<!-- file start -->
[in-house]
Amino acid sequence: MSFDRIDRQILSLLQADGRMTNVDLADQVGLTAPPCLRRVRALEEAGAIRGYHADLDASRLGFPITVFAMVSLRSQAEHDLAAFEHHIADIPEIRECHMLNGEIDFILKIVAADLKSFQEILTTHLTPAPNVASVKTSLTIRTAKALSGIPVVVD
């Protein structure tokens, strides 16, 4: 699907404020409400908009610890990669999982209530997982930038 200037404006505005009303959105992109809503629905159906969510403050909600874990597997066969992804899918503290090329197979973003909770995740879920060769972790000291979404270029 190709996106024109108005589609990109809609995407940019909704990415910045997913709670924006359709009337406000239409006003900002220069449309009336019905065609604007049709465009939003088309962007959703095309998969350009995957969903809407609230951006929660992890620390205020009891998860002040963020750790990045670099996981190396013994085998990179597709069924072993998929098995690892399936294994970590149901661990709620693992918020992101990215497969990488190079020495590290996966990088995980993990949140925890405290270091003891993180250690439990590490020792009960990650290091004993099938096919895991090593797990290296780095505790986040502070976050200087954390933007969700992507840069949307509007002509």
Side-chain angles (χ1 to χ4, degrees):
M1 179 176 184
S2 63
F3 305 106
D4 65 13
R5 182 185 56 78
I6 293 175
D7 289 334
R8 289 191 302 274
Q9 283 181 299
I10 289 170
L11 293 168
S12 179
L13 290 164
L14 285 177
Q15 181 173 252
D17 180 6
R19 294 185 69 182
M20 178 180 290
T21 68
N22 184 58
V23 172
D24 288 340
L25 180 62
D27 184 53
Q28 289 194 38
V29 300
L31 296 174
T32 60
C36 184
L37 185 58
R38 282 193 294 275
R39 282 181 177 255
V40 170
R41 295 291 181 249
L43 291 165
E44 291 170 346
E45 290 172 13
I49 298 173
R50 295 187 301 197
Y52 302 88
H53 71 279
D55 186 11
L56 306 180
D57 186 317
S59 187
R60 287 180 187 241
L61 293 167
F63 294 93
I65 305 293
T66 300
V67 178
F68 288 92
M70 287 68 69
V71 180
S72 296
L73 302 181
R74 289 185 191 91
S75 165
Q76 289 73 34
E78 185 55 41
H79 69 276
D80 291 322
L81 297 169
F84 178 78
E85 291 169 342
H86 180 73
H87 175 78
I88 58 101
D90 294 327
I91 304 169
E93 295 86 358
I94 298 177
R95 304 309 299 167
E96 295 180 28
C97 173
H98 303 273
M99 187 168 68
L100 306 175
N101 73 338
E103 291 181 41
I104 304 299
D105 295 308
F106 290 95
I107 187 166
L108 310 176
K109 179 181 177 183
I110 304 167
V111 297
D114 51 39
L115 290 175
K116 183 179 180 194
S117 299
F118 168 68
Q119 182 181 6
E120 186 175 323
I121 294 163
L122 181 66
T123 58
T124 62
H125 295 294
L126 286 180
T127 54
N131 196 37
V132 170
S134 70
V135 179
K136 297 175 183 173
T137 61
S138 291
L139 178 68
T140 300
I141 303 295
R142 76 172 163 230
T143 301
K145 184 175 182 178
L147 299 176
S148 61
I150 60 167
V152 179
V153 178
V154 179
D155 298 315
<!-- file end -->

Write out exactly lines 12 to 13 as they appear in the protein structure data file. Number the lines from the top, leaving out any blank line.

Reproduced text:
R8 289 191 302 274
Q9 283 181 299